'Star Wars: Episode VII' - Who Should Direct the Sequel?
The minute after it was announced that Walt Disney Pictures’ purchase of LucasFilm would result in the release of Star Wars: Episode VII in 2015, fans flooded social media with hopeful suggestions on who should be hired to shepherd what sounds like the start of a brand new trilogy.
Even more than potential casting, the hiring of a director for a new Star Wars movie will drive the aesthetic of this next phase of films. Does the new company go out and get a digital wizard who can carry the torch of George Lucas’ shiny prequel trilogy? Do they go in the complete opposite direction by finding a hands-on, realistic filmmaker who can ground the science-fiction in ways Lucas’ original trilogy managed to do? Will the new Star Wars movies by character-driven dramas, or effects-driven blockbusters constructed to peddle more toys?
These are crucial questions that need to be answered in the coming months, so we figured we’d do pour part and throw out the five directors we’d love to see behind the camera on the seventh Star Wars movie. We’ve picked them for different reasons, which we try to explain below. Do you agree with any of them? Is there someone that we left out? Let us know in the comments section. For now, the director of Star Wars: Episode VII should be:
1. Neill Blomkamp
A no-brainer. The South African filmmaker spun sci-fi gold out of “straw” (i.e. – a limited budget) for the fantastic District 9, and we’re hearing amazing things about his next picture, Elysium. He’s a sci-fi director who does not sacrifice character for effects (though he’s extremely competent in both fields of play). His scheduling lines up well, as he could be coming off of post-production on Elysium right as the Star Wars sequel is ready to gear up. Hiring Blomkamp for the next Star Wars movie would be a dream come true.
2. J.J. Abrams
Could the man who saved Star Trek (and rescued the Mission: Impossible franchise) do the same for Star Wars? It’s wholly possible. Abrams knows his way around effects-driven sci-fi, and proved with Trek that he’s not afraid to tinker with the collective memories of passionate fanboys if it’s in service of a story he actively supports. He’s friends with Steven Spielberg. He’s wrapping up Star Trek Into Darkness. If Abrams could get the new Star Wars trilogy off onto a strong foot, geek monuments would be erected in his honor for decades to come.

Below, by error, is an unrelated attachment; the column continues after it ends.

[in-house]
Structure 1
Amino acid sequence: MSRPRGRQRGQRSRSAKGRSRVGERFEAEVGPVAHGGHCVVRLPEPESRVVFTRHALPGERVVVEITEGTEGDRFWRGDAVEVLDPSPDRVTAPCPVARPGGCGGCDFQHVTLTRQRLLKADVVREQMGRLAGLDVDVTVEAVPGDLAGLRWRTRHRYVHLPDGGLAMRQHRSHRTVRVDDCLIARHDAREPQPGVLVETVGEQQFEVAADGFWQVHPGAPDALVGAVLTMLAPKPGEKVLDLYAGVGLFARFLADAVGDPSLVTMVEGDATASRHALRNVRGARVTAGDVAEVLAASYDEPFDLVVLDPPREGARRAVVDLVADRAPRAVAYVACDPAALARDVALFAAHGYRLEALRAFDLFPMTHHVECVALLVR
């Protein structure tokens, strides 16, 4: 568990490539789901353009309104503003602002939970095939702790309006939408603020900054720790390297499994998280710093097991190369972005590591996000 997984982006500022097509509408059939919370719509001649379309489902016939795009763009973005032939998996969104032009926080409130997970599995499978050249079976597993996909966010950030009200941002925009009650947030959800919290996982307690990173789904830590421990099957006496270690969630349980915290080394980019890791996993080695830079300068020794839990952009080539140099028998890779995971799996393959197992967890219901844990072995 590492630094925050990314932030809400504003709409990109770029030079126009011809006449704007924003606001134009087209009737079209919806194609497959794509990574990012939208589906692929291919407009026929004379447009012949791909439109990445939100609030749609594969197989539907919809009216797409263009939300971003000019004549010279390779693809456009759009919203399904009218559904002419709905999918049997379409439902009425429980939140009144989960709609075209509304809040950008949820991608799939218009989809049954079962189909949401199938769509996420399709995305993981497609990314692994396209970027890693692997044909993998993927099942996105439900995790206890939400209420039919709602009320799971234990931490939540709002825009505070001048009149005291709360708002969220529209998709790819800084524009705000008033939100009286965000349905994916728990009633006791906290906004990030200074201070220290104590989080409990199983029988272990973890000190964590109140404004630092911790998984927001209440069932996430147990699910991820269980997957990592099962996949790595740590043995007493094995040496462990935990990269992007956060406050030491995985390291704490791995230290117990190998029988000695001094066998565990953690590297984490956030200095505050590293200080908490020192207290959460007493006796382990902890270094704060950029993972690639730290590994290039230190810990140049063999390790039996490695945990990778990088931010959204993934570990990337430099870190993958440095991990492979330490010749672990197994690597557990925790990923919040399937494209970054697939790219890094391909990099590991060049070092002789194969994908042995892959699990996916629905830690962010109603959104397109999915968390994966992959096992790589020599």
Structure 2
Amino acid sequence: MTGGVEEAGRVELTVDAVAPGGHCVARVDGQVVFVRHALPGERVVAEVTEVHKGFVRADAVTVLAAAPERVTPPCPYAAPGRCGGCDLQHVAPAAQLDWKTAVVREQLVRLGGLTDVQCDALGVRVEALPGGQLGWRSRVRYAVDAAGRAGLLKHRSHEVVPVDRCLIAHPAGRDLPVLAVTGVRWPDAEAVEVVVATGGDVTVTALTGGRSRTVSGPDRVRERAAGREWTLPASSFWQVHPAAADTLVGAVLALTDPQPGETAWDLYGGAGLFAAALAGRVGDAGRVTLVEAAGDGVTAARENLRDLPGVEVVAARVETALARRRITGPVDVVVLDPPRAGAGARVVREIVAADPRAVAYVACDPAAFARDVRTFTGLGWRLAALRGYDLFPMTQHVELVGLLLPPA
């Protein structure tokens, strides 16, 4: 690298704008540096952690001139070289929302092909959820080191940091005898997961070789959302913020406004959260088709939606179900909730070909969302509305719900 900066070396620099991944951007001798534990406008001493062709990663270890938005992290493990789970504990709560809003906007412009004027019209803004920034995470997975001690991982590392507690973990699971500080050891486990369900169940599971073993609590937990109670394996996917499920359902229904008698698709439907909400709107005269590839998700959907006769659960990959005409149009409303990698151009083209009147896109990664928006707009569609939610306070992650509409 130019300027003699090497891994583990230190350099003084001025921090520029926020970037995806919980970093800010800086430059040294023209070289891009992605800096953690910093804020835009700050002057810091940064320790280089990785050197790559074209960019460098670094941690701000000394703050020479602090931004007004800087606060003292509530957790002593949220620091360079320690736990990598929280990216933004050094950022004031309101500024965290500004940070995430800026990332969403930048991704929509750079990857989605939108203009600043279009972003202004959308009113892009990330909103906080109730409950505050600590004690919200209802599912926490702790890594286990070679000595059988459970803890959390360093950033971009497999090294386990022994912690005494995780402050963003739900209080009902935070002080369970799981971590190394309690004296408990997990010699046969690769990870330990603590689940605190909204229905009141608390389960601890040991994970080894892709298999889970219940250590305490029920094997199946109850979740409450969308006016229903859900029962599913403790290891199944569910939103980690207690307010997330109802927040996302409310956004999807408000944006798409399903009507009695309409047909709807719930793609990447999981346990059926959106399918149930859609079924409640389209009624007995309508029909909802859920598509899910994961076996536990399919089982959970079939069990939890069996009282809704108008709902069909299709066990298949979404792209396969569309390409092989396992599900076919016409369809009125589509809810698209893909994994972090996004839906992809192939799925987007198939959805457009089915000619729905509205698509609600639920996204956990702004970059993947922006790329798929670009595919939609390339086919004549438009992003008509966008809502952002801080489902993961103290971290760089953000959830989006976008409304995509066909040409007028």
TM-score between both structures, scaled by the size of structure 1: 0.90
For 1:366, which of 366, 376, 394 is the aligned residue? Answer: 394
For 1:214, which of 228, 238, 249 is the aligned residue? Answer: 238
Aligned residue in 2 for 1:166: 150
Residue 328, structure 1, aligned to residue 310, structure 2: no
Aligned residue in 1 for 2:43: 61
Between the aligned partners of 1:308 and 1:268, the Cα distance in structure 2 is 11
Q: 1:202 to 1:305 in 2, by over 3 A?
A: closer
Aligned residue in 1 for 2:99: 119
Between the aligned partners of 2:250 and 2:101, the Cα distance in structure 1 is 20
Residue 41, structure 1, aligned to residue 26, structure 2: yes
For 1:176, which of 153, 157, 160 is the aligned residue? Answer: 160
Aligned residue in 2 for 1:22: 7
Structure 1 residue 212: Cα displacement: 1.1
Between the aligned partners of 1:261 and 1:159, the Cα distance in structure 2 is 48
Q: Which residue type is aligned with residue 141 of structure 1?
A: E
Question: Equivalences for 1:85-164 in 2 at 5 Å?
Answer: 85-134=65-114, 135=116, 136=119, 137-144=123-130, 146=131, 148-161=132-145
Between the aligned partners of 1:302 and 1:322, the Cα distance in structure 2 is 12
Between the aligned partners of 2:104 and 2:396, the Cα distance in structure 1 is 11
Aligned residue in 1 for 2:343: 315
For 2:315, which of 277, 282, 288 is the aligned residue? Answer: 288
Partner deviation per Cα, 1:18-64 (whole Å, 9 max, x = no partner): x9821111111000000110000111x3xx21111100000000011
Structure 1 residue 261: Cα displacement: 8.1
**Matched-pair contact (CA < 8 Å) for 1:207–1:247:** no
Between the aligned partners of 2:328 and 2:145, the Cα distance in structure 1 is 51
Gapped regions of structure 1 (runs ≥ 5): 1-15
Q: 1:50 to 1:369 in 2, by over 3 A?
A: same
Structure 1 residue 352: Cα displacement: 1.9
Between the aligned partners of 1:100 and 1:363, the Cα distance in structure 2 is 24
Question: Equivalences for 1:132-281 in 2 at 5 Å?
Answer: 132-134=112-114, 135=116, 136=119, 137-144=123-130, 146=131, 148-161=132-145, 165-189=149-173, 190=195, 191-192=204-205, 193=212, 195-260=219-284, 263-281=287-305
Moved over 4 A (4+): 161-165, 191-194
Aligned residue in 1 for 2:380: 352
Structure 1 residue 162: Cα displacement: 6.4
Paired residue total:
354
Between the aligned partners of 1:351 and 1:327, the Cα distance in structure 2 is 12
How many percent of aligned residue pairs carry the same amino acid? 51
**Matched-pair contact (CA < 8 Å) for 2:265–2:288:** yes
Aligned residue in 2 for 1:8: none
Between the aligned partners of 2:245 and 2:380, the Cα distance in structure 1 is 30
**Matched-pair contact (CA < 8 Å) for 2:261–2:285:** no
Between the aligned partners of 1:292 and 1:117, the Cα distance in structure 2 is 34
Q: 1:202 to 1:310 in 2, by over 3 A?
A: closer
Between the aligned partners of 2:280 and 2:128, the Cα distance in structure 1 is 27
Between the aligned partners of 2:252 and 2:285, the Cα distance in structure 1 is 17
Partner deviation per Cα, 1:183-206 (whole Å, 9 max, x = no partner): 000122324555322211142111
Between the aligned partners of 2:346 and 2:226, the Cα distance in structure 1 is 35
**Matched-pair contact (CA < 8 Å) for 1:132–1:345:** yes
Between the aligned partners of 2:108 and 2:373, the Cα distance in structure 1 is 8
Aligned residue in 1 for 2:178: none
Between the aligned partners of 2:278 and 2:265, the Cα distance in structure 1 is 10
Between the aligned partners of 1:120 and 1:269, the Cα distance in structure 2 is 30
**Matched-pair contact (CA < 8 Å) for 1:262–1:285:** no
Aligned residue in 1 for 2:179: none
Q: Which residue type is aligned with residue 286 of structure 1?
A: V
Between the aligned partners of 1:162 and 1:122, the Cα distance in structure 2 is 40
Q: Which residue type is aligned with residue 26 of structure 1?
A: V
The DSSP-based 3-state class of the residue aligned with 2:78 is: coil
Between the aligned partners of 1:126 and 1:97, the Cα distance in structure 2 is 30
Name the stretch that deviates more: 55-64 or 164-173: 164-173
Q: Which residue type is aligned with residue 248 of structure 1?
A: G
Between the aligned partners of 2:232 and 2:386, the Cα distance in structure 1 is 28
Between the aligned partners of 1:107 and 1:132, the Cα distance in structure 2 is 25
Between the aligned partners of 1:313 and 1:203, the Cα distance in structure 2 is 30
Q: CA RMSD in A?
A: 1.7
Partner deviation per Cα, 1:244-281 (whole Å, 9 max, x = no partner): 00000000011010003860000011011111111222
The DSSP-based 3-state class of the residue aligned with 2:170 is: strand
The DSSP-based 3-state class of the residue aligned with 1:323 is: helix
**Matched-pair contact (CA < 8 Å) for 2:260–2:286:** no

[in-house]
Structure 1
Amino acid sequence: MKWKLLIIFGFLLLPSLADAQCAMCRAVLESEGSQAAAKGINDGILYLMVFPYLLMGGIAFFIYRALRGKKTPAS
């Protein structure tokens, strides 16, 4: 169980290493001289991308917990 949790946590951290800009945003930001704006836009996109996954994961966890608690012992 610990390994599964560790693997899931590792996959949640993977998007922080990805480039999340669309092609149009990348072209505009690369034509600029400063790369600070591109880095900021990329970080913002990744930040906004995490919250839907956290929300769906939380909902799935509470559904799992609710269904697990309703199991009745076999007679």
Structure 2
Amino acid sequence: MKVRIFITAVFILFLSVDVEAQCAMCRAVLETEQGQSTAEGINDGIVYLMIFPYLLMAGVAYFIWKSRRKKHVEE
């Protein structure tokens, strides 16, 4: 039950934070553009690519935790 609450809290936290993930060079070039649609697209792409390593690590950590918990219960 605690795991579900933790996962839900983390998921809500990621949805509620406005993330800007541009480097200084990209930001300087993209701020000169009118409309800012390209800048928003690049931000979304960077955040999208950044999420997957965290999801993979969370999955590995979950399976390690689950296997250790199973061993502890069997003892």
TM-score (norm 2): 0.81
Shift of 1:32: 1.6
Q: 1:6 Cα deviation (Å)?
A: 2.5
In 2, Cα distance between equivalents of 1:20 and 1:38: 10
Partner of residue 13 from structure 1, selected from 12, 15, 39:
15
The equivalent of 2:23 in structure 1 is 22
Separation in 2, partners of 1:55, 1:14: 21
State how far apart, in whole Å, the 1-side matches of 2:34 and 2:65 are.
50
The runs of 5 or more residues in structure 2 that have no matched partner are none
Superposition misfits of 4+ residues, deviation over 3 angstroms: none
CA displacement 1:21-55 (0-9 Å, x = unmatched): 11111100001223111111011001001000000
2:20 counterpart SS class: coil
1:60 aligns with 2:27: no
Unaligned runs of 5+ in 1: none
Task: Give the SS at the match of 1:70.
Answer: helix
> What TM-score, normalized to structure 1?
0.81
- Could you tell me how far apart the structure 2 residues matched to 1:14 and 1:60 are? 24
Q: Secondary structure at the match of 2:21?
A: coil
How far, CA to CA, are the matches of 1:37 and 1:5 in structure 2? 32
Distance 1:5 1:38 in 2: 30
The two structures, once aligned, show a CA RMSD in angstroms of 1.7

3. Duncan Jones
Another sci-fi veteran who has shown he can work with a minimalistic budget (as he did in the stellar Moon) as well as the expectations of a larger, star-driven vehicle (as he did with Source Code). Jones is a self-professed science-fiction nerd – having David Bowie, aka “Ziggy Stardust,” as a dad can do that to a man – who built a reputation as a gifted storyteller with his first two features. He reportedly has been shopped for major franchise gigs, from Man of Steel to The Wolverine. He’s currently prepping a sci-fi story called Mute, but you can bet that would be bagged if Star Wars were dangled like a carrot.
4. Ben Affleck
My “out-of-left-field” selection. But think about it. Affleck adores the grit and scratch of ‘70s cinema, and the original Star Wars trilogy fits that mold. He’s familiar with the ins and outs of tentpole franchises, having carried more than a few in his day. He also has a nose for science-fiction, a genre he has explored through various roles in the past. Affleck has proven he can direct. He could even recruit his old pal Kevin Smith, a bona-fide Star Wars junkie, for script rewrites. (That’s not a joke.) I’m not saying it will happen, but if Affleck were handed the Star Wars franchise, I certainly wouldn’t complain.
5. Genndy Tartakovsky
In 2003, animator Genndy Tartakovsky co-created an animated Clone Wars series for Cartoon Network. It was a smash hit with most fans. Since, Tartakovsky has stayed busy, most notably with the recent Hotel Transylvania, which made serious bank at the box office. Having him try his hand at live-action isn’t as far-fetched as it sounds. Just ask Brad Bird and Andrew Stanton, two animators who recently made the leap to live-action (with varying degrees of success). He knows how stuff. He’s a friend of the LucasFilm family. Tartakovsky just might be the man for the job.
Who else? A total newcomer? A veteran Hollywood presence? The choices are infinite, and the selection is vital. Let’s see who we get.
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Sean O'ConnellFandango Bloggers
Sean is a film reviewer for The Washington Post and daily contributor to Fandango.
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